He made this comment while talking about the Kingdom's efforts to develop solar and other renewable energy technologies to reduce dependence on oil and gas.
"We have allocated $3 billion to produce solar energy panels in Jubail and Yanbu," he added.
Alireza said Saudi imports from the US are expected to cross $95 billion or 23 percent of the total US exports to Arab countries by 2012.
"This amount is expected to double by 2015," the minister said while highlighting the significance of Saudi Arabia as a big market in the Middle East.
"This goes in line with President Barack Obama's initiative for increasing US exports and creating 2 million new jobs for the Americans," he added.
Alireza emphasized the strong, historic relations between Saudi Arabia and the US and hoped the Atlanta forum would contribute to strengthening the Saudi-US partnership. The US received 95 percent of the total Saudi exports to North America valued at SR124.68 billion in 2010, a statistical report issued by the Ministry of Economy and Planning said.
"Saudi Arabia and the US should complement one another and integrate their strong points to build a value-added relationship," the minister said.
"There are good prospects to expand these relations covering all economic sectors with the support of the two leaderships," he added.
Education Minister Prince Faisal bin Abdullah led an impressive 250-member Saudi delegation to the forum, including government officials and business leaders.
The forum, which concluded on Wednesday, discussed new investment opportunities worth $385 billion in the Kingdom in the key sectors of education, energy, electricity and water, transport and logistics, petrochemicals and infrastructure.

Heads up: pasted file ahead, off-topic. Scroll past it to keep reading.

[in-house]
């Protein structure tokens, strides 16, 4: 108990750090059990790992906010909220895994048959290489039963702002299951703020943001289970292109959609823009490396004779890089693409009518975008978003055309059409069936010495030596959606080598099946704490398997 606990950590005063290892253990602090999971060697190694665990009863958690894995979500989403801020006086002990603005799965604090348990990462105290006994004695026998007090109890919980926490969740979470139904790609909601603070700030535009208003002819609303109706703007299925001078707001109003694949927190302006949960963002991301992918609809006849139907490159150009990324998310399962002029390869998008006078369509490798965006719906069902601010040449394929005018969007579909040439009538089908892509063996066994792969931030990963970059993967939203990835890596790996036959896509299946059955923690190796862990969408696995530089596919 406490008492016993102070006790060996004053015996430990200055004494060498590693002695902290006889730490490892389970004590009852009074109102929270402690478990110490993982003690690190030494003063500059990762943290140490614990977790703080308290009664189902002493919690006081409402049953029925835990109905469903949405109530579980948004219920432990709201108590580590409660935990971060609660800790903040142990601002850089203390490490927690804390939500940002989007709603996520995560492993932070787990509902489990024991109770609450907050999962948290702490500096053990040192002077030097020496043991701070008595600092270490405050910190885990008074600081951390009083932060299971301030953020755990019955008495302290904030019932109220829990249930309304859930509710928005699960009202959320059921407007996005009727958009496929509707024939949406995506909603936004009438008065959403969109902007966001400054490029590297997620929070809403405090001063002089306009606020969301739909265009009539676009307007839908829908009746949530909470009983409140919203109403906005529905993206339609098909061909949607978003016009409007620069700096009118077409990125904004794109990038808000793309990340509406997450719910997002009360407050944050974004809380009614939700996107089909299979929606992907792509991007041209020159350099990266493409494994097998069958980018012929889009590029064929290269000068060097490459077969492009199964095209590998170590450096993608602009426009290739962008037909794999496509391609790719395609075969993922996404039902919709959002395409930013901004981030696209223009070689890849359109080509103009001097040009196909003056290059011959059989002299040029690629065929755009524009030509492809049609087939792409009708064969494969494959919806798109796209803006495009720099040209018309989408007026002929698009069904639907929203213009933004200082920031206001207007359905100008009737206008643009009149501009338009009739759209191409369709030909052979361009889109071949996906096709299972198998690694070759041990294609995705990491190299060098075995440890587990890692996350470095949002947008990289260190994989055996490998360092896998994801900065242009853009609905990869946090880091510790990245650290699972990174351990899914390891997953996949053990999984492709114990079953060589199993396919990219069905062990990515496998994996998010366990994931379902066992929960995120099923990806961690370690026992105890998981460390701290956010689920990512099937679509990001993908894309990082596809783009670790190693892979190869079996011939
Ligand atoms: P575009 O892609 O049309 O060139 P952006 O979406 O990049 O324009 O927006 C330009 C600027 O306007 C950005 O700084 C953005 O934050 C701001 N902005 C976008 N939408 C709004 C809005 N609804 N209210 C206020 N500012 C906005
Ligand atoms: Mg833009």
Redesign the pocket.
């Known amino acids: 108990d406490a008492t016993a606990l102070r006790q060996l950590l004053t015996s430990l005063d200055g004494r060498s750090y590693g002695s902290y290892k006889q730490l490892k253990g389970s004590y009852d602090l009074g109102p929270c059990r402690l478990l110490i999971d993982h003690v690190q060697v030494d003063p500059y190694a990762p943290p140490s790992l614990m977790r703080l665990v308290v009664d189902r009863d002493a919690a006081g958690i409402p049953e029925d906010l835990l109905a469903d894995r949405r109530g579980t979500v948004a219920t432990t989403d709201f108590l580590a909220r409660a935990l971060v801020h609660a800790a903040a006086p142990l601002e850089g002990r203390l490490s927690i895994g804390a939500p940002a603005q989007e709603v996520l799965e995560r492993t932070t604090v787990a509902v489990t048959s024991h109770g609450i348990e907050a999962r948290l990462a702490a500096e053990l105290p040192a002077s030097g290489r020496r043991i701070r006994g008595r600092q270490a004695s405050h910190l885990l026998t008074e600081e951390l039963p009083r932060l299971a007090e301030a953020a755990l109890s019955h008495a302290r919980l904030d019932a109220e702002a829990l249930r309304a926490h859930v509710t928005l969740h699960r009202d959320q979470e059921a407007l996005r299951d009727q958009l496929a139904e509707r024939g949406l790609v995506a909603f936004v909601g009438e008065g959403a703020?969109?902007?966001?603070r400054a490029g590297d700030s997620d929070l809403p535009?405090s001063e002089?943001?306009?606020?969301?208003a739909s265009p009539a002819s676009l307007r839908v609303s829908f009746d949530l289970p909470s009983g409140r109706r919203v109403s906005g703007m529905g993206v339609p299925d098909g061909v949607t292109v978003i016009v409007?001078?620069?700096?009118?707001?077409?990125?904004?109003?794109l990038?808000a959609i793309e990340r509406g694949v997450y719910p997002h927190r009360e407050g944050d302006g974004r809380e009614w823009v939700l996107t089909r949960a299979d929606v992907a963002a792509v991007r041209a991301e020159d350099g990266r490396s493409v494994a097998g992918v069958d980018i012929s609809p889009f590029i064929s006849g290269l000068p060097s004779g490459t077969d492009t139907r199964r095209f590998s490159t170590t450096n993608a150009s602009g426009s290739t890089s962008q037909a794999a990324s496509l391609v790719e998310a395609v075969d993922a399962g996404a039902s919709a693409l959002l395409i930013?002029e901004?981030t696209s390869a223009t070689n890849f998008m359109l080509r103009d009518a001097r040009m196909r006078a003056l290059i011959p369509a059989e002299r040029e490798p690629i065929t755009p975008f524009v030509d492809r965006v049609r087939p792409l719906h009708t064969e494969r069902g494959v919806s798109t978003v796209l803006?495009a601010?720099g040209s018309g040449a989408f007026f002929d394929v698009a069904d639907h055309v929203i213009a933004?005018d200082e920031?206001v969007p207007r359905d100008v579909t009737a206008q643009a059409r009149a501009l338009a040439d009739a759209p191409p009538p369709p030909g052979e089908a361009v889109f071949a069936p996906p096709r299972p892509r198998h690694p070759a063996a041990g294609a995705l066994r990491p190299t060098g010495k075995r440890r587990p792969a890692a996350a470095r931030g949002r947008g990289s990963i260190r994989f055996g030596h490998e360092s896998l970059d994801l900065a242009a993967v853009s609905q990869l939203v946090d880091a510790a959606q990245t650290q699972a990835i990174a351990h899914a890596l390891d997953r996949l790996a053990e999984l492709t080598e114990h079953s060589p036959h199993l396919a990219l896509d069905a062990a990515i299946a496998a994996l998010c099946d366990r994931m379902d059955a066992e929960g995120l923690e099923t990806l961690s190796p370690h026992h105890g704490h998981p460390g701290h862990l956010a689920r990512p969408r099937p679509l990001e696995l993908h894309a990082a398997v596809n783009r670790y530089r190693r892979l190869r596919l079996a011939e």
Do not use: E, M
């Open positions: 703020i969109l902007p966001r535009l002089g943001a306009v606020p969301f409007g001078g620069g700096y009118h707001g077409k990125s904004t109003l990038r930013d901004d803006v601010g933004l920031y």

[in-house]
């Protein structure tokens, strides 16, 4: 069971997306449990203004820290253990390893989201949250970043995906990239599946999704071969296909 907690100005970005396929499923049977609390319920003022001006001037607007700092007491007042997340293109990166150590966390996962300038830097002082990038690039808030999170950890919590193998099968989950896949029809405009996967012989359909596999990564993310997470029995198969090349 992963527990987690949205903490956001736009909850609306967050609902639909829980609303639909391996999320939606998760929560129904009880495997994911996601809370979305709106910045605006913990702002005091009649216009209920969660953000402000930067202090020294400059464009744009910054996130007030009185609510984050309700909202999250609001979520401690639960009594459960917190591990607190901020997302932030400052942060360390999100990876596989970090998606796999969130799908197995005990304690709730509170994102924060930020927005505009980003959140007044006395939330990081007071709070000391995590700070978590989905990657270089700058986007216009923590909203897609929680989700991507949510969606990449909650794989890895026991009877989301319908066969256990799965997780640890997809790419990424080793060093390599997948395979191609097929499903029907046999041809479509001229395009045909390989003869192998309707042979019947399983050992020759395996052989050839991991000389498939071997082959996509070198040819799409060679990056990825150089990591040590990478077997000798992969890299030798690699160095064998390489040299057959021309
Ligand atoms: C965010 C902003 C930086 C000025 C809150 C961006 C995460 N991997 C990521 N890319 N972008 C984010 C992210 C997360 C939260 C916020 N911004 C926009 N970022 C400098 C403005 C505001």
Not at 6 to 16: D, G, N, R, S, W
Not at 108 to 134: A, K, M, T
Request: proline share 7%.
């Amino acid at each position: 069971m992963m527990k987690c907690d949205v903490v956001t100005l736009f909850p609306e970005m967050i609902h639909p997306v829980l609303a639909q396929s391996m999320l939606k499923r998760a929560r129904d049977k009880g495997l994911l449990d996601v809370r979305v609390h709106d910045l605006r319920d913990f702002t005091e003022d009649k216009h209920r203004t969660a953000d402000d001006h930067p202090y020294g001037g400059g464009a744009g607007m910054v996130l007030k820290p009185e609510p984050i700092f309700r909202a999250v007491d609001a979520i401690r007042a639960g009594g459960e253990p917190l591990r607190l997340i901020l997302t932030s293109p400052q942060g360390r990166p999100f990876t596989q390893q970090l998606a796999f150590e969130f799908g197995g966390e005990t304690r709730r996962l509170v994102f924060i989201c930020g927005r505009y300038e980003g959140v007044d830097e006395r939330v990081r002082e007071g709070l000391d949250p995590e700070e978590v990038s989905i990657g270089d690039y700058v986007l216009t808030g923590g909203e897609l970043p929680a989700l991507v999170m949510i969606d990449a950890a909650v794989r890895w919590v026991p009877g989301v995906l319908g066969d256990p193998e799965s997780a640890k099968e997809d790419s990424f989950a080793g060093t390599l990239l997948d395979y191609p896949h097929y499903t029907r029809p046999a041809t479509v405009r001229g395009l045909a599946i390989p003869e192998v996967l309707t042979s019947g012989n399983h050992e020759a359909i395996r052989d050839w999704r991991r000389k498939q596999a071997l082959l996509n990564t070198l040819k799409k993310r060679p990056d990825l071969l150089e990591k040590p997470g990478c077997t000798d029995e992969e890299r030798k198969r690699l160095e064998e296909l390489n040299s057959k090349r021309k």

In his keynote address, Alireza said Saudi-US relations are based on mutual values and respect.
He emphasized the need to develop an institutional cooperation to take bilateral ties to new heights.
He underscored Saudi Arabia's position as the largest economy in the Middle East and a key member of the G-20.
Massive public investment, rapid private-sector growth and new sector initiatives are driving an expansion projected to offer more than $1 trillion in trade and investment opportunities over the next decade.
He said the economic and judicial reforms introduced by Custodian of the Two Holy Mosques King Abdullah were instrumental in boosting the Kingdom's economy and attracting foreign investment. According to the World Bank's “Doing Business 2012: Doing Business in a More Transparent World” report released in October 2011, Saudi Arabia ranked as the 12th most business-friendly country out of 183 economies worldwide and led the Middle East region on the list.
The commerce and industry minister underscored Saudi Arabia's strong economic and financial position. "The Kingdom's gross domestic product (GDP) grew by 4.1 percent in 2010 and the GDP growth rate in 2011 is expected to reach 6.5 percent."
Speaking about the ninth Five-Year Development Plan, which has earmarked a budget of $385 billion, he said the projects mentioned in the strategy would be financed by the national revenue. He also spoke about the growing role of the private sector, saying it contributes 48 percent of GDP.
"The present five-year plan aims to achieve a private sector growth of 6 percent," he said, adding the private sector would become a major driving force for the Kingdom's economy.
The minister also referred to the Kingdom's diversification drive to reduce dependence on oil revenue. "We are now focusing on value-added products such as plastics and petrochemicals," he said. There are about 80 new petrochemical projects in the Kingdom, which would be completed by 2015. He described the Kingdom's housing sector as one of the largest in the Middle East, adding that $66 billion would be invested to construct 500,000 new homes.